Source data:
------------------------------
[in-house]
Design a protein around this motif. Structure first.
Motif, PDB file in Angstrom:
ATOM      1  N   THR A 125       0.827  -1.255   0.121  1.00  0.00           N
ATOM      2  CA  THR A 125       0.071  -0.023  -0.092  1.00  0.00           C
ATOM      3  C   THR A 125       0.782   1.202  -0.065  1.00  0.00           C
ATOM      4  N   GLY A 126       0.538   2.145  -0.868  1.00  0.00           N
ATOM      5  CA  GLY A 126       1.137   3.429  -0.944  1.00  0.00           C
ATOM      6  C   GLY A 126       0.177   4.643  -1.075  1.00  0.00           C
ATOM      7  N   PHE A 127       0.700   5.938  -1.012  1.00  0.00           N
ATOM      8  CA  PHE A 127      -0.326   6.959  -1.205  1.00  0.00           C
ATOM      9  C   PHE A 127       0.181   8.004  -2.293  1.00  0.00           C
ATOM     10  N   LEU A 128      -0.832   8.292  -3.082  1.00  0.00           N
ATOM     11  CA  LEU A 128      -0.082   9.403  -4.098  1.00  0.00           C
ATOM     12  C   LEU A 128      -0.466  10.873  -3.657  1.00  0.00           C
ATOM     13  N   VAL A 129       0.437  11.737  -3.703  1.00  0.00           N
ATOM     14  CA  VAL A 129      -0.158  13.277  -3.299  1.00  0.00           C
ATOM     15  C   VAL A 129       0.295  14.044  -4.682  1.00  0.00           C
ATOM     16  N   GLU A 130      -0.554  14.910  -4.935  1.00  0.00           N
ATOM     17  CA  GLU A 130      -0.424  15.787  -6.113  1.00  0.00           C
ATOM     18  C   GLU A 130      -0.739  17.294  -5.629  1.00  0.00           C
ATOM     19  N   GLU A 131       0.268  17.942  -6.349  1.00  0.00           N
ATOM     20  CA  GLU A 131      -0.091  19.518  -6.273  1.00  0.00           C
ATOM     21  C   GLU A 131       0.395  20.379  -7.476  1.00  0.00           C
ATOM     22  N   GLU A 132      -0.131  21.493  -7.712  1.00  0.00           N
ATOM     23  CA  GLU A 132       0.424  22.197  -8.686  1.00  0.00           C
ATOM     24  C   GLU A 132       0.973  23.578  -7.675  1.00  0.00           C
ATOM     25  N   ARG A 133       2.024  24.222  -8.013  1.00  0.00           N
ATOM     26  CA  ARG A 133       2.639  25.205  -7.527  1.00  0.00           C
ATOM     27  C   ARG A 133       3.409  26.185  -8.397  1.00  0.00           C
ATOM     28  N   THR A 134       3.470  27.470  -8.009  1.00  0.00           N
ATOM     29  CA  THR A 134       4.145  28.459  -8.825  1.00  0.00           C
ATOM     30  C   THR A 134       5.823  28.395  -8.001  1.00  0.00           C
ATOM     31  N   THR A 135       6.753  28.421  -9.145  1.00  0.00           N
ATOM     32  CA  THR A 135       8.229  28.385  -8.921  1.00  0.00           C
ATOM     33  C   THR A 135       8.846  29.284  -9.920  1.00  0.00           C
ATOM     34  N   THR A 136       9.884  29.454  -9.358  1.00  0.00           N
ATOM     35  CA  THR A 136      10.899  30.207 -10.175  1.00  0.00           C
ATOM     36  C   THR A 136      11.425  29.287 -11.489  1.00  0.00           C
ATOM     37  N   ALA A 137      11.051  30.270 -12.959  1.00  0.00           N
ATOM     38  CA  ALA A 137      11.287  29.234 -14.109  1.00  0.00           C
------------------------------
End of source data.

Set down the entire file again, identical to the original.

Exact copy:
[in-house]
Design a protein around this motif. Structure first.
Motif, PDB file in Angstrom:
ATOM      1  N   THR A 125       0.827  -1.255   0.121  1.00  0.00           N
ATOM      2  CA  THR A 125       0.071  -0.023  -0.092  1.00  0.00           C
ATOM      3  C   THR A 125       0.782   1.202  -0.065  1.00  0.00           C
ATOM      4  N   GLY A 126       0.538   2.145  -0.868  1.00  0.00           N
ATOM      5  CA  GLY A 126       1.137   3.429  -0.944  1.00  0.00           C
ATOM      6  C   GLY A 126       0.177   4.643  -1.075  1.00  0.00           C
ATOM      7  N   PHE A 127       0.700   5.938  -1.012  1.00  0.00           N
ATOM      8  CA  PHE A 127      -0.326   6.959  -1.205  1.00  0.00           C
ATOM      9  C   PHE A 127       0.181   8.004  -2.293  1.00  0.00           C
ATOM     10  N   LEU A 128      -0.832   8.292  -3.082  1.00  0.00           N
ATOM     11  CA  LEU A 128      -0.082   9.403  -4.098  1.00  0.00           C
ATOM     12  C   LEU A 128      -0.466  10.873  -3.657  1.00  0.00           C
ATOM     13  N   VAL A 129       0.437  11.737  -3.703  1.00  0.00           N
ATOM     14  CA  VAL A 129      -0.158  13.277  -3.299  1.00  0.00           C
ATOM     15  C   VAL A 129       0.295  14.044  -4.682  1.00  0.00           C
ATOM     16  N   GLU A 130      -0.554  14.910  -4.935  1.00  0.00           N
ATOM     17  CA  GLU A 130      -0.424  15.787  -6.113  1.00  0.00           C
ATOM     18  C   GLU A 130      -0.739  17.294  -5.629  1.00  0.00           C
ATOM     19  N   GLU A 131       0.268  17.942  -6.349  1.00  0.00           N
ATOM     20  CA  GLU A 131      -0.091  19.518  -6.273  1.00  0.00           C
ATOM     21  C   GLU A 131       0.395  20.379  -7.476  1.00  0.00           C
ATOM     22  N   GLU A 132      -0.131  21.493  -7.712  1.00  0.00           N
ATOM     23  CA  GLU A 132       0.424  22.197  -8.686  1.00  0.00           C
ATOM     24  C   GLU A 132       0.973  23.578  -7.675  1.00  0.00           C
ATOM     25  N   ARG A 133       2.024  24.222  -8.013  1.00  0.00           N
ATOM     26  CA  ARG A 133       2.639  25.205  -7.527  1.00  0.00           C
ATOM     27  C   ARG A 133       3.409  26.185  -8.397  1.00  0.00           C
ATOM     28  N   THR A 134       3.470  27.470  -8.009  1.00  0.00           N
ATOM     29  CA  THR A 134       4.145  28.459  -8.825  1.00  0.00           C
ATOM     30  C   THR A 134       5.823  28.395  -8.001  1.00  0.00           C
ATOM     31  N   THR A 135       6.753  28.421  -9.145  1.00  0.00           N
ATOM     32  CA  THR A 135       8.229  28.385  -8.921  1.00  0.00           C
ATOM     33  C   THR A 135       8.846  29.284  -9.920  1.00  0.00           C
ATOM     34  N   THR A 136       9.884  29.454  -9.358  1.00  0.00           N
ATOM     35  CA  THR A 136      10.899  30.207 -10.175  1.00  0.00           C
ATOM     36  C   THR A 136      11.425  29.287 -11.489  1.00  0.00           C
ATOM     37  N   ALA A 137      11.051  30.270 -12.959  1.00  0.00           N
ATOM     38  CA  ALA A 137      11.287  29.234 -14.109  1.00  0.00           C